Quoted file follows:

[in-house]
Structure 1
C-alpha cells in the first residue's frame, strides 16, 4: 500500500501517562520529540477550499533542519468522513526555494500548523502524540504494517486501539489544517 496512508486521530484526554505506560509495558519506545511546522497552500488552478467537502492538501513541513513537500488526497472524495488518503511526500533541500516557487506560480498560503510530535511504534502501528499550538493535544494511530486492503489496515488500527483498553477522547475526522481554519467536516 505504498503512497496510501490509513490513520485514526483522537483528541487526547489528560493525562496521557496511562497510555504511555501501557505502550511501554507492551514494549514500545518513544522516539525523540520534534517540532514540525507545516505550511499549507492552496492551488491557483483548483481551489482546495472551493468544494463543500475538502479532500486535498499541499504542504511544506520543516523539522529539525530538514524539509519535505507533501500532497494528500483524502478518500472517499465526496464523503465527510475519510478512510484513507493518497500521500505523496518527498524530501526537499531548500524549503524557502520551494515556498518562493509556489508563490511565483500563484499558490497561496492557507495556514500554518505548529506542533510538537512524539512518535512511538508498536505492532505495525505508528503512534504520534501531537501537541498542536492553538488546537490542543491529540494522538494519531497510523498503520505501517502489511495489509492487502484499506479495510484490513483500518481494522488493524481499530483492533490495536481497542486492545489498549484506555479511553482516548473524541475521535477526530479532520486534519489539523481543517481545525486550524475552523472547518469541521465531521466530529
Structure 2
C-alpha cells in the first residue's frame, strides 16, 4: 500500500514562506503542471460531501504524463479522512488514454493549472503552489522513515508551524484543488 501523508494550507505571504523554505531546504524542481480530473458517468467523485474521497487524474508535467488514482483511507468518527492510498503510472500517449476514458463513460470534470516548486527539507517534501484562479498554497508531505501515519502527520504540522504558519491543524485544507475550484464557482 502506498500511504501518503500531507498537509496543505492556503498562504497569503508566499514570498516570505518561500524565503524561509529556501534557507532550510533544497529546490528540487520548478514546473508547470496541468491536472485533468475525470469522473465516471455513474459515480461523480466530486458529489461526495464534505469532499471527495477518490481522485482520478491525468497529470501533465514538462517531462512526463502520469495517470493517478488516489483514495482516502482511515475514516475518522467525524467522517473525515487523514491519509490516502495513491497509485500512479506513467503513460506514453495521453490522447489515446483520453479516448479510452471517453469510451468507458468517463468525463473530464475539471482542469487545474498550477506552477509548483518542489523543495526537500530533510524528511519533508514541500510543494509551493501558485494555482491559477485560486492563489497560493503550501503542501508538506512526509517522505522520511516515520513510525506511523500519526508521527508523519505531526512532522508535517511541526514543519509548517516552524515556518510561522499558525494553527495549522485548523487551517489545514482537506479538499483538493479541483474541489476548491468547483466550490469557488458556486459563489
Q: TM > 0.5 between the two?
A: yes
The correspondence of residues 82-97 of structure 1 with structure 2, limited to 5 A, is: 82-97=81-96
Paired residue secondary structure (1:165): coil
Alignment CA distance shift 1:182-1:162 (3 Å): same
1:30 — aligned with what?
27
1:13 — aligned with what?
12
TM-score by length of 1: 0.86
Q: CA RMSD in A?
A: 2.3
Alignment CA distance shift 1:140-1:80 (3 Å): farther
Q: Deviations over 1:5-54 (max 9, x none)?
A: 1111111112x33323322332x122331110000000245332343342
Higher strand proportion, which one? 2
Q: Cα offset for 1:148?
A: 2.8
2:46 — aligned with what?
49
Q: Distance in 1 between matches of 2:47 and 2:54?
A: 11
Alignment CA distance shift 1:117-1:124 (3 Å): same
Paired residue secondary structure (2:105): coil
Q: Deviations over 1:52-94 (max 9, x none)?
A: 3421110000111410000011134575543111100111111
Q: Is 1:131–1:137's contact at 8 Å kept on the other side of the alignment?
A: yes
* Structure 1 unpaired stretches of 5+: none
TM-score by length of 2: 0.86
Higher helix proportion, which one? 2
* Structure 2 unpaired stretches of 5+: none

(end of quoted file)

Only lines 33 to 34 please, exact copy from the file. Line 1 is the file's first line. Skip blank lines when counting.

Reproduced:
A: yes
* Structure 1 unpaired stretches of 5+: none